Pages in topic:   [1 2] >
Bad payment policies
Thread poster: Djana Surkovic

Djana Surkovic  Identity Verified
Bosnia and Herzegovina
Local time: 21:51
Member
French to Bosnian
+ ...
Jun 21, 2013

Dear colleagues,

Today I have received an e-mail from one agency that goes like this:

"Dear Translator,
we hereby inform you that from July 2013 we’ll change all suppliers terms of payment to 60 + 10 days, instead of 30 + 10 days. We remind you that it is very important for us to receive the invoice by the 1st of the following month, in order to verify it and make payment on time.
If invoices are sent after the 3rd of the month, they’ll be paid on the following month.
For example:
If you send the invoice of July after the 3rd of August, the invoice will be paid on November.
Best regards"

What do you think about this payment policy? As all of you know, some agencies determine to us when to send an invoice and then they determine the due date to be after 2-3 months. Dont you think that someone (maybe me) should contact the ProZ staff and ask from them to pay more attention to the translator's rights and defend further posting jobs to the agencies like this?


Direct link Reply with quote
 

Charlotte Farrell  Identity Verified
United Kingdom
Local time: 20:51
Member (2013)
German to English
+ ...
Is this an agency you work with a lot? Jun 21, 2013

That's a bit worrying - them extending their payment terms implies to me that they've got a bit of a cash flow problem. If you can manage it, I'd probably try to work with them less in case they get to the stage where they have to default on payment altogether.

Direct link Reply with quote
 

Łukasz Gos-Furmankiewicz  Identity Verified
Poland
Local time: 21:51
English to Polish
+ ...
I agree with you Jun 21, 2013

Dear Djana, I agree with you. Due to the short time-window to avoid getting your invoice postponed for another month, those terms looks like an excuse to delay payment rather than the ordinary case of a long deadline which is just long and that's it.

While the length of the payment deadline per se is a business term, I'd appreciate if Proz staff could intervene in cases like that one you describe.

Still, I very much need to stress the importance of actually reading terms and conditions, and refusing to sign bad ones (i.e. zombie contracts).


Direct link Reply with quote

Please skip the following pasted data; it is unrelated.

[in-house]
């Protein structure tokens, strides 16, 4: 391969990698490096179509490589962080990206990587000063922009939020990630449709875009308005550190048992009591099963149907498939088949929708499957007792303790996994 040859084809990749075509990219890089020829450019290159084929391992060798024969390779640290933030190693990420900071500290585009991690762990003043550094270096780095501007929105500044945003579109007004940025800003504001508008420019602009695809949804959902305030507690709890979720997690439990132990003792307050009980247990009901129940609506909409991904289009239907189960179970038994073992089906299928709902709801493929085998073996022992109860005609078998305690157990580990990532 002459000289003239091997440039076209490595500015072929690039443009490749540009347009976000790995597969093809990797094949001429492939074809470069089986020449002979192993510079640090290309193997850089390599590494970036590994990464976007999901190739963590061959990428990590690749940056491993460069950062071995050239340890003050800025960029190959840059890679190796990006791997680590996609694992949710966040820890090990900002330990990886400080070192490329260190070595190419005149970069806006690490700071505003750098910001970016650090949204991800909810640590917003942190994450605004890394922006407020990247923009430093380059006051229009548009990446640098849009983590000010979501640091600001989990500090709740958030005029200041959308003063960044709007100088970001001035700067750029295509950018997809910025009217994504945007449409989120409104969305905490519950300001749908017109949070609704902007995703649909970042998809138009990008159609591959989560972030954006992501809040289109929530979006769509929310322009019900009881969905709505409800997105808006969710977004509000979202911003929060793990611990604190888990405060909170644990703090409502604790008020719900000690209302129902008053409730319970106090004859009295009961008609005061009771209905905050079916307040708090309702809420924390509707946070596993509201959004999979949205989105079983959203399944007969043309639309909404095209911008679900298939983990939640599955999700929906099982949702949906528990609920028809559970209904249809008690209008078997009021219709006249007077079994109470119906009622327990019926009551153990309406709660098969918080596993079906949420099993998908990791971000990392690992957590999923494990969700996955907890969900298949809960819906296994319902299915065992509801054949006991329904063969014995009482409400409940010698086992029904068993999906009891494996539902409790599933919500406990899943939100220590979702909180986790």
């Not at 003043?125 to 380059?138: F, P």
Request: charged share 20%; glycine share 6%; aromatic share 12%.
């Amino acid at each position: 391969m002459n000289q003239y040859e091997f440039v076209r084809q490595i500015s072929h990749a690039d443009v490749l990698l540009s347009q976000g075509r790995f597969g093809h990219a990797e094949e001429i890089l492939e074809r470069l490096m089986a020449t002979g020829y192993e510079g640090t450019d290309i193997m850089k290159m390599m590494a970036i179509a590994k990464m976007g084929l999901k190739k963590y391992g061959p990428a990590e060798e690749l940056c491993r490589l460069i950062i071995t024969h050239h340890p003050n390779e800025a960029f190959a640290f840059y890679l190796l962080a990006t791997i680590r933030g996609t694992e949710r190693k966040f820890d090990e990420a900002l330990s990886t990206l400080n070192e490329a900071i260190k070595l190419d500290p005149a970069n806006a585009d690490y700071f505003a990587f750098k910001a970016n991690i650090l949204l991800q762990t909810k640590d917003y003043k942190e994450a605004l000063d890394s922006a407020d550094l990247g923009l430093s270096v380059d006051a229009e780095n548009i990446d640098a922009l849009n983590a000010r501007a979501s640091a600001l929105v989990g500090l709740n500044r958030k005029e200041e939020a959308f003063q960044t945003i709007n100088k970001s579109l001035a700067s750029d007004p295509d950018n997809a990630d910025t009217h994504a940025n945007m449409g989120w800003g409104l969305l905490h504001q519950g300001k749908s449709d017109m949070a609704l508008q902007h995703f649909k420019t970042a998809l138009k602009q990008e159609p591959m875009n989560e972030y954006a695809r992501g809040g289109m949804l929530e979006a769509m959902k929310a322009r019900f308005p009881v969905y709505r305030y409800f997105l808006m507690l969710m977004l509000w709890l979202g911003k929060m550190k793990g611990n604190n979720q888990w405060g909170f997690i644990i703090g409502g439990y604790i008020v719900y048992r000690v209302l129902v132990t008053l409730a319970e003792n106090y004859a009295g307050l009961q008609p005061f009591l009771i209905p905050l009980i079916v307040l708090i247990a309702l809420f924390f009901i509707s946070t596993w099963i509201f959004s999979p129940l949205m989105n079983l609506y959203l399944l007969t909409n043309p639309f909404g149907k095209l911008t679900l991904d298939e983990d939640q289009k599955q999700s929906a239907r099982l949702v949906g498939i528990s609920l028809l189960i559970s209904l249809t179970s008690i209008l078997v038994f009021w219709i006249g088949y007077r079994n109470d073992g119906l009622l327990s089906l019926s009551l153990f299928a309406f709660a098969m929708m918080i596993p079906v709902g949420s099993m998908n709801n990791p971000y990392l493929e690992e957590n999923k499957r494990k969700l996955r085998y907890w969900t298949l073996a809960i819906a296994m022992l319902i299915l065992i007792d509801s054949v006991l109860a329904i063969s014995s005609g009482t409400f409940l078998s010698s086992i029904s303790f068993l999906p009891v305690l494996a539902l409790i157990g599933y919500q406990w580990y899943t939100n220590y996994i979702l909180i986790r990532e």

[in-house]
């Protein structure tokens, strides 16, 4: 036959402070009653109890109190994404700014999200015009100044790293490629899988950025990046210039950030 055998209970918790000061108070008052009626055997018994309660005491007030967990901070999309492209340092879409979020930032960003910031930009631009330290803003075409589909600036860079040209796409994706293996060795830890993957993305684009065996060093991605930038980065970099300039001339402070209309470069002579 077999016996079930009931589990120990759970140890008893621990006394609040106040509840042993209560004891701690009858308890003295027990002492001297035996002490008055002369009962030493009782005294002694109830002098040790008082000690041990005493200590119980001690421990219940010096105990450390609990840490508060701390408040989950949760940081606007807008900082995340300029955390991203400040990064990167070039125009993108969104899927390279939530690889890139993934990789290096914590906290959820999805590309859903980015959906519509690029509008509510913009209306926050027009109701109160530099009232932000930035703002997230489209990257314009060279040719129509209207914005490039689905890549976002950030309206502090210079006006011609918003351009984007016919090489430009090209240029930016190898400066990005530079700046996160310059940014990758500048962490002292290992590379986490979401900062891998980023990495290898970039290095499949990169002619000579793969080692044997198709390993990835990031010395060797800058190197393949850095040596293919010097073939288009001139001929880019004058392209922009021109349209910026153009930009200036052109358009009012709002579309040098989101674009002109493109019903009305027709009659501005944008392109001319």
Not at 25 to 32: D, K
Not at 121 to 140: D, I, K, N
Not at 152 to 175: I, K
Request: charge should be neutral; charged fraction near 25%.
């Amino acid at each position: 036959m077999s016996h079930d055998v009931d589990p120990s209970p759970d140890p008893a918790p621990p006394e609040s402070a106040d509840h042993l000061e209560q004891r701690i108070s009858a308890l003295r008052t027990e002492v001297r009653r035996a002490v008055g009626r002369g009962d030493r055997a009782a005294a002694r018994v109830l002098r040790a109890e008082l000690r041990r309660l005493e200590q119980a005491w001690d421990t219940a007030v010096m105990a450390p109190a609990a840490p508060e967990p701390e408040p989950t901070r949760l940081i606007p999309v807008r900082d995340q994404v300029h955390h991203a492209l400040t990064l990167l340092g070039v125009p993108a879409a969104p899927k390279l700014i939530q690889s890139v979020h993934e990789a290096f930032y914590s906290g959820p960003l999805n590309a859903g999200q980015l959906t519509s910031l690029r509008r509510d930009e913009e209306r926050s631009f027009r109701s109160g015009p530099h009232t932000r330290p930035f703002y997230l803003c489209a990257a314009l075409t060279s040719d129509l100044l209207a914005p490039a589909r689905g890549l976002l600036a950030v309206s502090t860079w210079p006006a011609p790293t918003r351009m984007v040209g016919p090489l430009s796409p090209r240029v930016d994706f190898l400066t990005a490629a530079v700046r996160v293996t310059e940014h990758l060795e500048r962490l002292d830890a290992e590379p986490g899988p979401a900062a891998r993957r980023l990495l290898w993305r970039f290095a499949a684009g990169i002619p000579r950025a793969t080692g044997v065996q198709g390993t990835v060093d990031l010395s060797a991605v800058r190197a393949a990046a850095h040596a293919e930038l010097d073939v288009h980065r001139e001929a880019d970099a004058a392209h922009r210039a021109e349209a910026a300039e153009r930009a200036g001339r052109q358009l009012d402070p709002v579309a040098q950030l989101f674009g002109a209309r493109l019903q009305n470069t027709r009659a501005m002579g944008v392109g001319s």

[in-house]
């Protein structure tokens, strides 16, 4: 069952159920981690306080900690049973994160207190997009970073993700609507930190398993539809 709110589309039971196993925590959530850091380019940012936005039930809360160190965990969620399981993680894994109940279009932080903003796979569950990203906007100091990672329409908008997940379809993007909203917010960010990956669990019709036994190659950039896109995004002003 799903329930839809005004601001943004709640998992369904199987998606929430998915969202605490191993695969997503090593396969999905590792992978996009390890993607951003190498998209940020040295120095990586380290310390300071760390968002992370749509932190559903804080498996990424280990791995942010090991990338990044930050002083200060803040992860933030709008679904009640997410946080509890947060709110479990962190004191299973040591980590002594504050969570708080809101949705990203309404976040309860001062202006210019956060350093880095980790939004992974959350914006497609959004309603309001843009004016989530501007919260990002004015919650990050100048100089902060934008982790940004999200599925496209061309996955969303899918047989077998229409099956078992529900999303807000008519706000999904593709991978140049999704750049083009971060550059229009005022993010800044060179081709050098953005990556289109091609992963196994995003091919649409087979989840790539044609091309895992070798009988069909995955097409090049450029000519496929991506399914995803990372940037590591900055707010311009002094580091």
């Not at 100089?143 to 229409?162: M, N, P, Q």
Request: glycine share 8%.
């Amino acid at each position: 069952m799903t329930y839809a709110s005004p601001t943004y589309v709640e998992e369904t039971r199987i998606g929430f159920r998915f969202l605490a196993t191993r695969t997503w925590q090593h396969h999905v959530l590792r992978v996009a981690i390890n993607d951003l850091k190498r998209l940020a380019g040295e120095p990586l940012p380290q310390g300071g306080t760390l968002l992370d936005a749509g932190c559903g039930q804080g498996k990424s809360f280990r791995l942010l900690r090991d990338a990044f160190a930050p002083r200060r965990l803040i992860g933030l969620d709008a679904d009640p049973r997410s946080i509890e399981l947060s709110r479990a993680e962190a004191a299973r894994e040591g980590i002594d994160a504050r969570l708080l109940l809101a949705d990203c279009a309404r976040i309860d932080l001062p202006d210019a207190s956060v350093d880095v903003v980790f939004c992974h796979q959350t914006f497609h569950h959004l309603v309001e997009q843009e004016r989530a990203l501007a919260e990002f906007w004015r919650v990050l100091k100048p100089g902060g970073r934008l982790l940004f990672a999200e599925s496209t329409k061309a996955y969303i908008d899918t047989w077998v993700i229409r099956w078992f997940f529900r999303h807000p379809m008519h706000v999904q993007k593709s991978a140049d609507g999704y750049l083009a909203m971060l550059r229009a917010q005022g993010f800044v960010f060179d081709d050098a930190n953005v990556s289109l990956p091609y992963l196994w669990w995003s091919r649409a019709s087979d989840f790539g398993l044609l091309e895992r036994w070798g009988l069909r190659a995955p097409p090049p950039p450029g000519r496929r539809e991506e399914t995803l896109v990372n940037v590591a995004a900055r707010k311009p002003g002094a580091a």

Djana Surkovic  Identity Verified
Bosnia and Herzegovina
Local time: 21:51
Member
French to Bosnian
+ ...
TOPIC STARTER
Answer Jun 21, 2013

Charlotte Farrell wrote:

That's a bit worrying - them extending their payment terms implies to me that they've got a bit of a cash flow problem. If you can manage it, I'd probably try to work with them less in case they get to the stage where they have to default on payment altogether.




Dear Charlotte,

We have done one project together, which was paid according to their previous conditions (30 + 10). Now I believe that this is too much...


Direct link Reply with quote
 

Charlotte Farrell  Identity Verified
United Kingdom
Local time: 20:51
Member (2013)
German to English
+ ...
Hmm Jun 21, 2013

In that case, unless you trust them and the job was fabulous and you are desperate to work with them again, I'd steer clear of them from now on. Apart from 70 days being a long time to wait for payment if they do pay, it doesn't bode well at all.

Direct link Reply with quote
 

Sheila Wilson  Identity Verified
Spain
Local time: 20:51
Member (2007)
English
+ ...
I've just had the same story from an agency I worked with Jun 21, 2013

Note the past tense!

Direct link Reply with quote
 

minaahmadi  Identity Verified
United States
Local time: 15:51
Member
Persian (Farsi) to English
+ ...
stop working with them if you are not dependent on the company financially! Jun 21, 2013

I think we, translators, should dictate the way agencies behave us. If you are not dependent on the company financially stop working for them. Based on my experience, I think transaltors wouldn't have any future with such companies.

I worked with two companies with two different pament methods, the first one paid the money immediately after finishing the project, the other paid the money exactly like your company. I'm still working with the first one; although I tolerated the unbearable payment of the second, I didn't recieve any more project from them because they couldn't stay in the market.
I think we should learn to respect ourselves and show the others how to respect us.
Translation companies should know translators need their income, exactly like themselves.


Direct link Reply with quote
 

Sarah McDowell  Identity Verified
Canada
Local time: 14:51
Member (2012)
Russian to English
+ ...
This kind of e-mail deserves an equal response Jun 21, 2013

Djana Surkovic wrote:

Dear colleagues,

Today I have received an e-mail from one agency that goes like this:

"Dear Translator,
we hereby inform you that from July 2013 we’ll change all suppliers terms of payment to 60 + 10 days, instead of 30 + 10 days. We remind you that it is very important for us to receive the invoice by the 1st of the following month, in order to verify it and make payment on time.
If invoices are sent after the 3rd of the month, they’ll be paid on the following month.
For example:
If you send the invoice of July after the 3rd of August, the invoice will be paid on November.
Best regards"

What do you think about this payment policy? As all of you know, some agencies determine to us when to send an invoice and then they determine the due date to be after 2-3 months. Dont you think that someone (maybe me) should contact the ProZ staff and ask from them to pay more attention to the translator's rights and defend further posting jobs to the agencies like this?


My response would be: